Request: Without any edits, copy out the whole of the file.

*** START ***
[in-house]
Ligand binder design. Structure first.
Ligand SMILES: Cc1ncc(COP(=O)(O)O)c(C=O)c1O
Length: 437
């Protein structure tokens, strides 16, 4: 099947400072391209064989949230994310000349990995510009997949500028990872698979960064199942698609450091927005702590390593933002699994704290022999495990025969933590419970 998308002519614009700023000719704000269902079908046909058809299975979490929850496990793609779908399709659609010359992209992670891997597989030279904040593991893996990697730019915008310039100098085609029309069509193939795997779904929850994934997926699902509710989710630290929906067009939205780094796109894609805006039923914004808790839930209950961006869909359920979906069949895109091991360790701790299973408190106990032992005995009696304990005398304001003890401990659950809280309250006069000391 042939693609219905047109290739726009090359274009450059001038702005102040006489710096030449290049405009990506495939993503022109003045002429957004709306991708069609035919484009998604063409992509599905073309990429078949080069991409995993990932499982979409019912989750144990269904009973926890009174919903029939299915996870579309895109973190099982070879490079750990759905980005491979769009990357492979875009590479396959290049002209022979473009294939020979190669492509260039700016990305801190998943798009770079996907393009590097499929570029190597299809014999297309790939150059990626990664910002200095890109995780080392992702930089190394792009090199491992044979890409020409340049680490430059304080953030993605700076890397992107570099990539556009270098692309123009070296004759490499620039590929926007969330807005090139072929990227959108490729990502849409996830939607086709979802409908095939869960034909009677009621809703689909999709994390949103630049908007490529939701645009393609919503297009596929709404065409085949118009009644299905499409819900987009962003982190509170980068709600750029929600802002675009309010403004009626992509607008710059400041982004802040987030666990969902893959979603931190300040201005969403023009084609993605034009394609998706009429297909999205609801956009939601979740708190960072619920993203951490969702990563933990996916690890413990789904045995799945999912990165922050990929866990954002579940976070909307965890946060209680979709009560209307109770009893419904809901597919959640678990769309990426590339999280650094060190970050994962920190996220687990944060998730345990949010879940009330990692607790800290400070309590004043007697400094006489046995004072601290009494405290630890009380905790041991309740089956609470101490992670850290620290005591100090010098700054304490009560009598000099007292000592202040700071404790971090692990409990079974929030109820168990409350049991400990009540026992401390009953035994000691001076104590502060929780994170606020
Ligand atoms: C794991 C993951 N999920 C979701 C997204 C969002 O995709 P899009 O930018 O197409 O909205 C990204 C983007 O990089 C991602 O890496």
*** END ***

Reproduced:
[in-house]
Ligand binder design. Structure first.
Ligand SMILES: Cc1ncc(COP(=O)(O)O)c(C=O)c1O
Length: 437
């Protein structure tokens, strides 16, 4: 099947400072391209064989949230994310000349990995510009997949500028990872698979960064199942698609450091927005702590390593933002699994704290022999495990025969933590419970 998308002519614009700023000719704000269902079908046909058809299975979490929850496990793609779908399709659609010359992209992670891997597989030279904040593991893996990697730019915008310039100098085609029309069509193939795997779904929850994934997926699902509710989710630290929906067009939205780094796109894609805006039923914004808790839930209950961006869909359920979906069949895109091991360790701790299973408190106990032992005995009696304990005398304001003890401990659950809280309250006069000391 042939693609219905047109290739726009090359274009450059001038702005102040006489710096030449290049405009990506495939993503022109003045002429957004709306991708069609035919484009998604063409992509599905073309990429078949080069991409995993990932499982979409019912989750144990269904009973926890009174919903029939299915996870579309895109973190099982070879490079750990759905980005491979769009990357492979875009590479396959290049002209022979473009294939020979190669492509260039700016990305801190998943798009770079996907393009590097499929570029190597299809014999297309790939150059990626990664910002200095890109995780080392992702930089190394792009090199491992044979890409020409340049680490430059304080953030993605700076890397992107570099990539556009270098692309123009070296004759490499620039590929926007969330807005090139072929990227959108490729990502849409996830939607086709979802409908095939869960034909009677009621809703689909999709994390949103630049908007490529939701645009393609919503297009596929709404065409085949118009009644299905499409819900987009962003982190509170980068709600750029929600802002675009309010403004009626992509607008710059400041982004802040987030666990969902893959979603931190300040201005969403023009084609993605034009394609998706009429297909999205609801956009939601979740708190960072619920993203951490969702990563933990996916690890413990789904045995799945999912990165922050990929866990954002579940976070909307965890946060209680979709009560209307109770009893419904809901597919959640678990769309990426590339999280650094060190970050994962920190996220687990944060998730345990949010879940009330990692607790800290400070309590004043007697400094006489046995004072601290009494405290630890009380905790041991309740089956609470101490992670850290620290005591100090010098700054304490009560009598000099007292000592202040700071404790971090692990409990079974929030109820168990409350049991400990009540026992401390009953035994000691001076104590502060929780994170606020
Ligand atoms: C794991 C993951 N999920 C979701 C997204 C969002 O995709 P899009 O930018 O197409 O909205 C990204 C983007 O990089 C991602 O890496």